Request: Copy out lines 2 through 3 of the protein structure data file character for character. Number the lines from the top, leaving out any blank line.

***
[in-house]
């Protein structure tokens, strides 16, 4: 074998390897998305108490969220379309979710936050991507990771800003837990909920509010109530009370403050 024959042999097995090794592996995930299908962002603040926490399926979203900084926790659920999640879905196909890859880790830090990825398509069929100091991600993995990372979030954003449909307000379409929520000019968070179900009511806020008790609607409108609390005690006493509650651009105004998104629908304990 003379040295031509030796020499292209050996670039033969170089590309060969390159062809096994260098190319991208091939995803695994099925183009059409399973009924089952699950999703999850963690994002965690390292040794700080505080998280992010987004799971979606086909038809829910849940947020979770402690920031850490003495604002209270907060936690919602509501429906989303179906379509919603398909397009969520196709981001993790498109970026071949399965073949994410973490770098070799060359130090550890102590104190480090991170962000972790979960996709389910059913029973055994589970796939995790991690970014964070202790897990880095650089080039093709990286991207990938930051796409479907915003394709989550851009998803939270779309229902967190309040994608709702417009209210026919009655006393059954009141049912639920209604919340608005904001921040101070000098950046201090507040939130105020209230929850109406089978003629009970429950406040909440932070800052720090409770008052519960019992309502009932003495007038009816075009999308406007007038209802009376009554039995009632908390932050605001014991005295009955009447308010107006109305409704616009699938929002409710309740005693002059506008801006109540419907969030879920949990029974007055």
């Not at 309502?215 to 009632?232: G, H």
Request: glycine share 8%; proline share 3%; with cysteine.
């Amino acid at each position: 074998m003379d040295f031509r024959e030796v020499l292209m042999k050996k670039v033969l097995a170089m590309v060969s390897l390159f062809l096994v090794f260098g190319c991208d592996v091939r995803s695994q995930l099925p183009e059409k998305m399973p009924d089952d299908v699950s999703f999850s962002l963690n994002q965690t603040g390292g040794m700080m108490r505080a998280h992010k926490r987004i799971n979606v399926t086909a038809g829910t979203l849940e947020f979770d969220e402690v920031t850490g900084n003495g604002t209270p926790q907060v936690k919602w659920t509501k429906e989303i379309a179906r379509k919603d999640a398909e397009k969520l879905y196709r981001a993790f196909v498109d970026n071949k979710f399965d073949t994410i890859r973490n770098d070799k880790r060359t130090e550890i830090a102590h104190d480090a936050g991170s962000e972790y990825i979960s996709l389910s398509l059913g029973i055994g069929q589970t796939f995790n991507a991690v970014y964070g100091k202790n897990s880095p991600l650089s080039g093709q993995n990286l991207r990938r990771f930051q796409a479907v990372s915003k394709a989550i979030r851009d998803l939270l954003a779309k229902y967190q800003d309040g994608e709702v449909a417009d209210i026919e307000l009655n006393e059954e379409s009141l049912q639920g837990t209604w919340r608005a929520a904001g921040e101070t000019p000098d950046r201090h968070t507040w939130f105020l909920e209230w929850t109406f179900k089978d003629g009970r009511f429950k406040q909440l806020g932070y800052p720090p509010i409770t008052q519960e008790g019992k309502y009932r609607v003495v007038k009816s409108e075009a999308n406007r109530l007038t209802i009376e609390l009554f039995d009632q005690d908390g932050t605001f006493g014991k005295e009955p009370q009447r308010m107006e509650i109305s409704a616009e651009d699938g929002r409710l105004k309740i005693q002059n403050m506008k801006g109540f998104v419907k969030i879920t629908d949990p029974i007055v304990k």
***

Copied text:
């Protein structure tokens, strides 16, 4: 074998390897998305108490969220379309979710936050991507990771800003837990909920509010109530009370403050 024959042999097995090794592996995930299908962002603040926490399926979203900084926790659920999640879905196909890859880790830090990825398509069929100091991600993995990372979030954003449909307000379409929520000019968070179900009511806020008790609607409108609390005690006493509650651009105004998104629908304990 003379040295031509030796020499292209050996670039033969170089590309060969390159062809096994260098190319991208091939995803695994099925183009059409399973009924089952699950999703999850963690994002965690390292040794700080505080998280992010987004799971979606086909038809829910849940947020979770402690920031850490003495604002209270907060936690919602509501429906989303179906379509919603398909397009969520196709981001993790498109970026071949399965073949994410973490770098070799060359130090550890102590104190480090991170962000972790979960996709389910059913029973055994589970796939995790991690970014964070202790897990880095650089080039093709990286991207990938930051796409479907915003394709989550851009998803939270779309229902967190309040994608709702417009209210026919009655006393059954009141049912639920209604919340608005904001921040101070000098950046201090507040939130105020209230929850109406089978003629009970429950406040909440932070800052720090409770008052519960019992309502009932003495007038009816075009999308406007007038209802009376009554039995009632908390932050605001014991005295009955009447308010107006109305409704616009699938929002409710309740005693002059506008801006109540419907969030879920949990029974007055």
């Not at 309502?215 to 009632?232: G, H």